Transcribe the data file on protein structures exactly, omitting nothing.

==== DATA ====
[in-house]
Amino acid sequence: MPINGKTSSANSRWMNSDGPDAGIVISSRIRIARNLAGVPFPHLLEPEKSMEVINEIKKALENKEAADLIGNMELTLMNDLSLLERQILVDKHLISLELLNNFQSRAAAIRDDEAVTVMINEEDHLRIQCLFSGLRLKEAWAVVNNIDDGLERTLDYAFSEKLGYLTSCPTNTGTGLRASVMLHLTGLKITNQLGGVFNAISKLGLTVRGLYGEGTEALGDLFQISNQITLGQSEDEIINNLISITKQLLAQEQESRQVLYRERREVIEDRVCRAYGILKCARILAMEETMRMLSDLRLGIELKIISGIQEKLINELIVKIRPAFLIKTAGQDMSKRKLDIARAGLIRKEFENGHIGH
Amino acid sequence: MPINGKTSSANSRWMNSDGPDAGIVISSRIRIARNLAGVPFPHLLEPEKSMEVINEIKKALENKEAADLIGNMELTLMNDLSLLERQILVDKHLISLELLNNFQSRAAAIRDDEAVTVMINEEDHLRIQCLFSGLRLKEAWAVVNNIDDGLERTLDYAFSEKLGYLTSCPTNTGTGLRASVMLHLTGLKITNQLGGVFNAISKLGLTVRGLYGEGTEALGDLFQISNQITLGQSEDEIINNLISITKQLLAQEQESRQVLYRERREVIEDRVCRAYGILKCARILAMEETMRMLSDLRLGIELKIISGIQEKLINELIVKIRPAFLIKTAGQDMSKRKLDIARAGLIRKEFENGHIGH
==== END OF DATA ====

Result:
[in-house]
Amino acid sequence: MPINGKTSSANSRWMNSDGPDAGIVISSRIRIARNLAGVPFPHLLEPEKSMEVINEIKKALENKEAADLIGNMELTLMNDLSLLERQILVDKHLISLELLNNFQSRAAAIRDDEAVTVMINEEDHLRIQCLFSGLRLKEAWAVVNNIDDGLERTLDYAFSEKLGYLTSCPTNTGTGLRASVMLHLTGLKITNQLGGVFNAISKLGLTVRGLYGEGTEALGDLFQISNQITLGQSEDEIINNLISITKQLLAQEQESRQVLYRERREVIEDRVCRAYGILKCARILAMEETMRMLSDLRLGIELKIISGIQEKLINELIVKIRPAFLIKTAGQDMSKRKLDIARAGLIRKEFENGHIGH
Amino acid sequence: MPINGKTSSANSRWMNSDGPDAGIVISSRIRIARNLAGVPFPHLLEPEKSMEVINEIKKALENKEAADLIGNMELTLMNDLSLLERQILVDKHLISLELLNNFQSRAAAIRDDEAVTVMINEEDHLRIQCLFSGLRLKEAWAVVNNIDDGLERTLDYAFSEKLGYLTSCPTNTGTGLRASVMLHLTGLKITNQLGGVFNAISKLGLTVRGLYGEGTEALGDLFQISNQITLGQSEDEIINNLISITKQLLAQEQESRQVLYRERREVIEDRVCRAYGILKCARILAMEETMRMLSDLRLGIELKIISGIQEKLINELIVKIRPAFLIKTAGQDMSKRKLDIARAGLIRKEFENGHIGH